In June 1955, three bottlenose dolphins were observed by a local fisherman on the shores of Opononi. Spotting the dolphins by their dorsal fin, he believed the sea creatures to be sharks, so he pulled out his rifle and shot at them.
Two of the three dolphins were never seen again, believed to have died by the gunfire but one remained. It is believed that of the three dolphins in the pod, the two that died were the mother and sibling of the now only remaining bottlenose. The surviving dolphin was a friendly sort, and became a regular visitor to the bay, warming the hearts of all who met him.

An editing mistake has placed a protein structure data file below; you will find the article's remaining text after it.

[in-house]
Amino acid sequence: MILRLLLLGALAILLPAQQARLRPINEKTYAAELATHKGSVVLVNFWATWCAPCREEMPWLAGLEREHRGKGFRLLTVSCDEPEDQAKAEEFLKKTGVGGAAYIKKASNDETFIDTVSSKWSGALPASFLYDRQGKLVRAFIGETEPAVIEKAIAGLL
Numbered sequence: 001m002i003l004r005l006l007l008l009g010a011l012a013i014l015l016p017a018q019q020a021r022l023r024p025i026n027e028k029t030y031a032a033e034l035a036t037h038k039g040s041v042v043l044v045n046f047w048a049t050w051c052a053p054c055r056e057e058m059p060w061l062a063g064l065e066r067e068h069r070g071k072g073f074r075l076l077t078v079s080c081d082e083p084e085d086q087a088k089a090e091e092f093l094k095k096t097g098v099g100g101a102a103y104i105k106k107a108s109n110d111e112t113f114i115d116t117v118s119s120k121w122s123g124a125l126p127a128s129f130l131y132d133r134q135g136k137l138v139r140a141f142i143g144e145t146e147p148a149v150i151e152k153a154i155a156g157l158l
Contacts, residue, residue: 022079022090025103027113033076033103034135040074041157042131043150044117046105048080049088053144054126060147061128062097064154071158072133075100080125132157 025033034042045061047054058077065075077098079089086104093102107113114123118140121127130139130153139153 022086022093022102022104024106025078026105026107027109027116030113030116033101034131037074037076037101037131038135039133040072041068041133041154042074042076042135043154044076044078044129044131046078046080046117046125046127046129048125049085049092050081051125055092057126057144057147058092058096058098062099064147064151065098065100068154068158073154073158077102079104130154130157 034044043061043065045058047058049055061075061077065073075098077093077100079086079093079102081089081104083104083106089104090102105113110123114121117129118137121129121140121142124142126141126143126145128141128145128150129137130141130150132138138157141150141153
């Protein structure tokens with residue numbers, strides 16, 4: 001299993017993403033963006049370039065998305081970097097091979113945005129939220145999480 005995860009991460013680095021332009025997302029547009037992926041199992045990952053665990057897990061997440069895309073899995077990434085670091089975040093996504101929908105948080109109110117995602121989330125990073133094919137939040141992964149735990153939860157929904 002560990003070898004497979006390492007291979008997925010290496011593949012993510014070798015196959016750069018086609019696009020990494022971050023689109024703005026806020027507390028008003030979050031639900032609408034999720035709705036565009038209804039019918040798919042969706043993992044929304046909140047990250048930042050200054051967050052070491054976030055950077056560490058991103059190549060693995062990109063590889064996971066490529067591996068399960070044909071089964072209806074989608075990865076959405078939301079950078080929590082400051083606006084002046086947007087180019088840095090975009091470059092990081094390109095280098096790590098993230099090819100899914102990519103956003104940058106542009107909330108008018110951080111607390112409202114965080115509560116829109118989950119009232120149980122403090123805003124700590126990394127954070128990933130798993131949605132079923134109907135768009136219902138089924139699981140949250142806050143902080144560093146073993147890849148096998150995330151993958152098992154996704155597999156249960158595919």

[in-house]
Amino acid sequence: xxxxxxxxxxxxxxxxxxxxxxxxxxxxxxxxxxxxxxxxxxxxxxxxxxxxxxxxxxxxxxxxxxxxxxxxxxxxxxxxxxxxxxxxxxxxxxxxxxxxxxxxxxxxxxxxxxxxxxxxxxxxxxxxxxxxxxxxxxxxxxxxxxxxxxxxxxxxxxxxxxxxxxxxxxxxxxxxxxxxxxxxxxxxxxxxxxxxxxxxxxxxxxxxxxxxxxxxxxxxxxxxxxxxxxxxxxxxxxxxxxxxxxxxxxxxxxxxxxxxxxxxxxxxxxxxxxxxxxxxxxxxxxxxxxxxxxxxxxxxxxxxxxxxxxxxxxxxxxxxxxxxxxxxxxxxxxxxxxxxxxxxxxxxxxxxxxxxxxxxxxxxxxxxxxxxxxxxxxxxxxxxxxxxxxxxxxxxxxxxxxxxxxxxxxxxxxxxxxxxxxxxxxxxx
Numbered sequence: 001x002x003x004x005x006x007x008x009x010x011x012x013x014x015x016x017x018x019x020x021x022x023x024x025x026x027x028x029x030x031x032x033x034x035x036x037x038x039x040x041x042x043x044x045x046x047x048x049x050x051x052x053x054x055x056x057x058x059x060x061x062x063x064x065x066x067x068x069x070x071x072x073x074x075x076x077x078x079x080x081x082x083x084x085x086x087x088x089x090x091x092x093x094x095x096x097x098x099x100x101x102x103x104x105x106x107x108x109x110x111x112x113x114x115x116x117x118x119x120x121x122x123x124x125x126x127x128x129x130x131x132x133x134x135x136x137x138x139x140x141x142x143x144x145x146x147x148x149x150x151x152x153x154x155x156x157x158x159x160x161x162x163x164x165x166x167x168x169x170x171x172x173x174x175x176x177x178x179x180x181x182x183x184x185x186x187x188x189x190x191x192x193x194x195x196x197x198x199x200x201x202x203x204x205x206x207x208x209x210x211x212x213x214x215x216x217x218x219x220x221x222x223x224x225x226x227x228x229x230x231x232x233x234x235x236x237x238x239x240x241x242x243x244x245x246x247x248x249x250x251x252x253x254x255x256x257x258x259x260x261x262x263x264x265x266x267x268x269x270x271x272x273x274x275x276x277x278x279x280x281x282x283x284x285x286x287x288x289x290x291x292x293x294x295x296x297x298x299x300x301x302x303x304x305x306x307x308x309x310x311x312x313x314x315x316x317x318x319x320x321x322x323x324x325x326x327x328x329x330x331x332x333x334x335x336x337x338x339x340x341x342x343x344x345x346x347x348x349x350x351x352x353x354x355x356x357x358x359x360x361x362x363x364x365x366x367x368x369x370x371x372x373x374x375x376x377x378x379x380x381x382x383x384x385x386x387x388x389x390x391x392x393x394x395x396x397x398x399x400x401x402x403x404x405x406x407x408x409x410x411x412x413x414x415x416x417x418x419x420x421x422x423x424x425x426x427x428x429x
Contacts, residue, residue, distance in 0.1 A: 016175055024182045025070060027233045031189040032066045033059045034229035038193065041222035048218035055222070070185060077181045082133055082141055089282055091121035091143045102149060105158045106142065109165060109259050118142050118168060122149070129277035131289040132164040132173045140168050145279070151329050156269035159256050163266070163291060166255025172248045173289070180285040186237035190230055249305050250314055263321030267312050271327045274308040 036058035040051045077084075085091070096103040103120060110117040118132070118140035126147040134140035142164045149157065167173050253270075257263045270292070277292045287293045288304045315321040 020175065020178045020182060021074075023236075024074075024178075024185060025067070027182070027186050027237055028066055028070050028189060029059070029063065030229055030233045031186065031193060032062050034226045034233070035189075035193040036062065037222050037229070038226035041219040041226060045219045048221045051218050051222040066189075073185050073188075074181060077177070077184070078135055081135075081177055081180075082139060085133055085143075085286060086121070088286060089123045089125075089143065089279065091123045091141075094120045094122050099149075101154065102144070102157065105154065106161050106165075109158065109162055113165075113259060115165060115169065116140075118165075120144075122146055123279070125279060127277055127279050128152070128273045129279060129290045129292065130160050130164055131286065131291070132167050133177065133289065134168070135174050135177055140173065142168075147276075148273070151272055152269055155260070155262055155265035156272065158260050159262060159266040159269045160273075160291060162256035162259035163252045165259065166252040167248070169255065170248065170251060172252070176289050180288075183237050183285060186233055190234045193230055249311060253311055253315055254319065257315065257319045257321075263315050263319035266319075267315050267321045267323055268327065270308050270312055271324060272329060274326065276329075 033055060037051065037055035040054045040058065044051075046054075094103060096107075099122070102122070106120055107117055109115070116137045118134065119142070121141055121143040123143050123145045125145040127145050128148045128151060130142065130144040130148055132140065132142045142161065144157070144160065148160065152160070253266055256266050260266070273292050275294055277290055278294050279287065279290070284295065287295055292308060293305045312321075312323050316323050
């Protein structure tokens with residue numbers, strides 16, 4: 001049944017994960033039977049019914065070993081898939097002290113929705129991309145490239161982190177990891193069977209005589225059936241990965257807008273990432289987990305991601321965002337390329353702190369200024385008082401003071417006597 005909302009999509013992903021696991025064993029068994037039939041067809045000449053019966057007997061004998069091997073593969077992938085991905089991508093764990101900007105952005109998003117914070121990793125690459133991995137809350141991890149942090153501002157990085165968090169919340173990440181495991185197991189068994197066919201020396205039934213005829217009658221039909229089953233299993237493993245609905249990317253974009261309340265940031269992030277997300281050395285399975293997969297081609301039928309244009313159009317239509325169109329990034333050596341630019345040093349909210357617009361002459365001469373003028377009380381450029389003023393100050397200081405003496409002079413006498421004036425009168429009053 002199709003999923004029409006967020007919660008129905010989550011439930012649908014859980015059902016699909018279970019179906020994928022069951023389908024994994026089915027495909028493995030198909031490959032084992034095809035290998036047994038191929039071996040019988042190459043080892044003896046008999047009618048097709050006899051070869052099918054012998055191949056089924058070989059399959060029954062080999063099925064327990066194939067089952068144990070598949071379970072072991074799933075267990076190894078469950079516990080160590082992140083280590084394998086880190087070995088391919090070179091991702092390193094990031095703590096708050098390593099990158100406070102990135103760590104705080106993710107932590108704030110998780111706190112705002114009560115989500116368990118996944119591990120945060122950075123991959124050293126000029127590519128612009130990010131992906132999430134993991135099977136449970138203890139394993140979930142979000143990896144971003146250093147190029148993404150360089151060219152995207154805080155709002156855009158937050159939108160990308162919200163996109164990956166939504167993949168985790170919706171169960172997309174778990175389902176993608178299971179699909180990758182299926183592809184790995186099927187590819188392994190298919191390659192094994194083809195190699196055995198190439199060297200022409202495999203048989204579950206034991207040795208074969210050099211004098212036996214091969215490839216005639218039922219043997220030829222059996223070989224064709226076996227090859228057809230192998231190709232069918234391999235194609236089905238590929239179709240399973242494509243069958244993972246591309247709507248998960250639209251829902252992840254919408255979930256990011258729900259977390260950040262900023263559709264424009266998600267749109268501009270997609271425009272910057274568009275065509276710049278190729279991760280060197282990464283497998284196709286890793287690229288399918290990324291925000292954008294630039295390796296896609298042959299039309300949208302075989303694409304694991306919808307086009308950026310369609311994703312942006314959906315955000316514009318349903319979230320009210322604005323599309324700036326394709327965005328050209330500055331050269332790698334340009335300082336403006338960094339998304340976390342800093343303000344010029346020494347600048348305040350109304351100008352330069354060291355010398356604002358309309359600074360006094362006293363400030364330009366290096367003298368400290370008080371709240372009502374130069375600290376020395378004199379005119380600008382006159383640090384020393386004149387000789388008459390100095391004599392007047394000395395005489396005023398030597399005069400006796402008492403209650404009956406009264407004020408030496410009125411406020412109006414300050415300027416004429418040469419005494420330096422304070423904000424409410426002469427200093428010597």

As months passed, the dolphin stuck around the harbour. At first the bottlenose was, understandably, a little hesitant to get too close to the locals, in particular the fisherman. But slowly, the townsfolk won the trust of the bottlenose and he gradually ventured closer and closer to shore.
Locals became enamored with the ocean mammal, and they decided to name the dolphin, ‘Opononi Jack’, in reference to another famous NZ dolphin ‘Pelorus Jack’, but, as time went on, the gay dolphin at Opononi became more widely refered to as ‘Opo the friendly dolphin’.
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